I painted a bookshelf unit for our daughter Katy when she was about one-year-old.  From a catalog, Barbara cut out pictures of each of the toys so that Katy would learn where to put the toys and keep them neat and orderly.  When we moved to Indianapolis, we didn’t tell Katy how to pick up her toys, because she had the idea of what we wanted and she took care of it.  The Bible is not a list of commands and prohibitions.  It does not contain every instruction for what we are to do.  God wants us to be dependent on Him always seeking to live a more holy life, which comes through dependency on Him.  The Bible doesn’t tell me whether I should buy a Ford or a Chevy.  But it does tell me about handling money and not to co-sign for others, unless I’m ready to lose the money. 

Scripture gives me hundreds of commands and prohibitions from which I can draw principles for everything and profit for every good work.  Scripture does not prescribe everything, but it provides principles for discernment.  What does Scripture say about driving your car? Nothing and everything. What does Scripture say about what to eat at O’Charley’s?  Nothing and everything. What does it say about going on vacation? Nothing and everything.

God wants us to continue to train, so that we’ll be able to discern.  Paul writes in 1 Timothy 4:7, “…exercise yourself toward godliness.”  The word for “exercise” is Gumnazo-, which means to exercise diligently. This means we have to make decisions regarding life choices.  Again, Paul writes, “But you, O man of God, flee these things and pursue righteousness, godliness, faith, love, patience, gentleness.” (1Tim. 6:11)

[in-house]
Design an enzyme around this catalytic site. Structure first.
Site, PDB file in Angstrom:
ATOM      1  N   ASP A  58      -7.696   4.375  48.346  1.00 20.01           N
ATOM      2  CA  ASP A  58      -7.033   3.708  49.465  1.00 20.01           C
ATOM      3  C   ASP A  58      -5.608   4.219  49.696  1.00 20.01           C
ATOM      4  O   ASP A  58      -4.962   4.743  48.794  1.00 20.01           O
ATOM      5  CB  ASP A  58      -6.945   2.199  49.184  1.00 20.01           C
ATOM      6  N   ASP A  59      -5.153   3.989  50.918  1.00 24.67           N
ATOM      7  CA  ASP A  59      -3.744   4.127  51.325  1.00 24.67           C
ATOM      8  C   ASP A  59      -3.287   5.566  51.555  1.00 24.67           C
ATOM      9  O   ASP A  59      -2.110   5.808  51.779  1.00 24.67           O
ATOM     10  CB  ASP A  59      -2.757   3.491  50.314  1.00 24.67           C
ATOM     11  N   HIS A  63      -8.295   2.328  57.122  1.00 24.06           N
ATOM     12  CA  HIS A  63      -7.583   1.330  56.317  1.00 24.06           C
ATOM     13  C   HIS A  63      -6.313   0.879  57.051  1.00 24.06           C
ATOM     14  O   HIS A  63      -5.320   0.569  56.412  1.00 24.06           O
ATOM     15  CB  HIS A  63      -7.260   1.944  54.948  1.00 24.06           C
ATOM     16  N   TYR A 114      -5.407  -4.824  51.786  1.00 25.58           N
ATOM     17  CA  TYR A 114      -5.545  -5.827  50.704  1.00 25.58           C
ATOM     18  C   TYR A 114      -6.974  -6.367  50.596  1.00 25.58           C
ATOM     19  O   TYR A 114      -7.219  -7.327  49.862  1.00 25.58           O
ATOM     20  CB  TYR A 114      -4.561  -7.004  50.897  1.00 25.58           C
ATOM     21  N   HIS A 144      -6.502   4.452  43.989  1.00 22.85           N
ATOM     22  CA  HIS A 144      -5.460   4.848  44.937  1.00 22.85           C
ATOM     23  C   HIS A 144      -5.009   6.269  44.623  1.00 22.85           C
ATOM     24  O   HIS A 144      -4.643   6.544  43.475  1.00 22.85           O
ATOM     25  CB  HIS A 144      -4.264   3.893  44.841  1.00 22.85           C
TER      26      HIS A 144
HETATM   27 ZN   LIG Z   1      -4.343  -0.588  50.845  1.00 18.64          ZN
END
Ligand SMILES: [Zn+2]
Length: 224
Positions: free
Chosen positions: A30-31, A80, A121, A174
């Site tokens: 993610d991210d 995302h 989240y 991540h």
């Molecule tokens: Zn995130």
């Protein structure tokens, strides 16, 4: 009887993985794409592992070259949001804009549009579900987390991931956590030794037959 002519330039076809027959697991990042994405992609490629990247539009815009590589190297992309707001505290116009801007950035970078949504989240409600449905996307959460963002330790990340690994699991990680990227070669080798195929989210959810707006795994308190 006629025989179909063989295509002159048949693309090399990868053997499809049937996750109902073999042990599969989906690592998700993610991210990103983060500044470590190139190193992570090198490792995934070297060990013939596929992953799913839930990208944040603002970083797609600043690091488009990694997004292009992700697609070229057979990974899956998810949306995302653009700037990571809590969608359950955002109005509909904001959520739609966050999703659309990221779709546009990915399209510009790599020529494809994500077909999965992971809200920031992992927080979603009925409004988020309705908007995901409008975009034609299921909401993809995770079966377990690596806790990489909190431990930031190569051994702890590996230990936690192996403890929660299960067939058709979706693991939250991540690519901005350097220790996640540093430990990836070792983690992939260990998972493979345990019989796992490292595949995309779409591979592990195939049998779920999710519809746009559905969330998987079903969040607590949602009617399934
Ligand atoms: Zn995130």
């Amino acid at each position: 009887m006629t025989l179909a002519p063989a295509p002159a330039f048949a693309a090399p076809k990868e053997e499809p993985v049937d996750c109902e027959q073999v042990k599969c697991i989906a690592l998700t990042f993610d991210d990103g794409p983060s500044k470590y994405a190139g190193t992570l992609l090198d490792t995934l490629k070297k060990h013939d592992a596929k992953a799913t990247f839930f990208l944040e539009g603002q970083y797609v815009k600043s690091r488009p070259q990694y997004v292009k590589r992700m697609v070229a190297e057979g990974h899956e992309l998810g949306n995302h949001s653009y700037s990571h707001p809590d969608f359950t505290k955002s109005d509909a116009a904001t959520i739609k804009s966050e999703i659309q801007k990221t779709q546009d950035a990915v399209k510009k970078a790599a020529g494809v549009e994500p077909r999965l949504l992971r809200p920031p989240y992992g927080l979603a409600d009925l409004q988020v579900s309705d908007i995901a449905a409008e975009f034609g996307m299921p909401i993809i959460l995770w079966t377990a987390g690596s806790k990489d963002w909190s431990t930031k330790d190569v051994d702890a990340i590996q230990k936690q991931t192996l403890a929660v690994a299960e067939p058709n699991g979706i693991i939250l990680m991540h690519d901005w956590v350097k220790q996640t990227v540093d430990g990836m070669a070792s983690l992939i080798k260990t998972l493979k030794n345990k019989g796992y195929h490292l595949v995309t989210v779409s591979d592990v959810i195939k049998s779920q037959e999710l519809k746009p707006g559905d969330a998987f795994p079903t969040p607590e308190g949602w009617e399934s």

We often get to a point in our walk and get comfortable. For example, if you want to be able to play euchre, you could know what I know. If you want to play like the masters, you have to know it like some of the card masters like Rick Storm, Mike Monfreda or Larry Cooney.  If you want to understand which translation to use, you need to understand the history of translations and the philosophy of each version.  If you want to make a decision on whether you should have alcohol as a beverage, you need to understand the nature of alcohol and the culture in which Scripture was written.   The same is true for music.  You don’t need to understand music like Rich or Gabe, but you’ll need to understand the way music communicates if you are going to apply biblical principles to it. Come next week and we’ll begin to address that. 

Let’s use music to glorify the Lord! 

Many people ask the question, What wrong with this music? The question we should ask is, “What’s right with this music?” Does it glorify God?  How can you tell?  Come next week.

 

Message Based Discussion Questions

1)       Did you ever take music lessons?  What kind and for how long?

Digging deeper:

2)       According to John 4:24, how are you to worship God? ___________________ As you look at John 4:21-26, what principles can we apply from this passage to music and worship?

3)       Note Leviticus 10:1-3. What happened to Nadab and Abihu? _______________ How or what principle can you apply to music and worship from this?

4)       How would you describe the worship in Malachi 1:6-14; 3:7-14?  __________________ How should principles from these verses apply to both the instrumentalists as leaders and/or the congregation as participants?

Making application from the passage to life:

5)       What are ways that music communicates truth?  What are several specific examples?

6)       Why is having a list of things to do, in any field, a dangerous thing?

7)       Based on the passage, regarding music, what conclusions can you note regarding preferences of music style?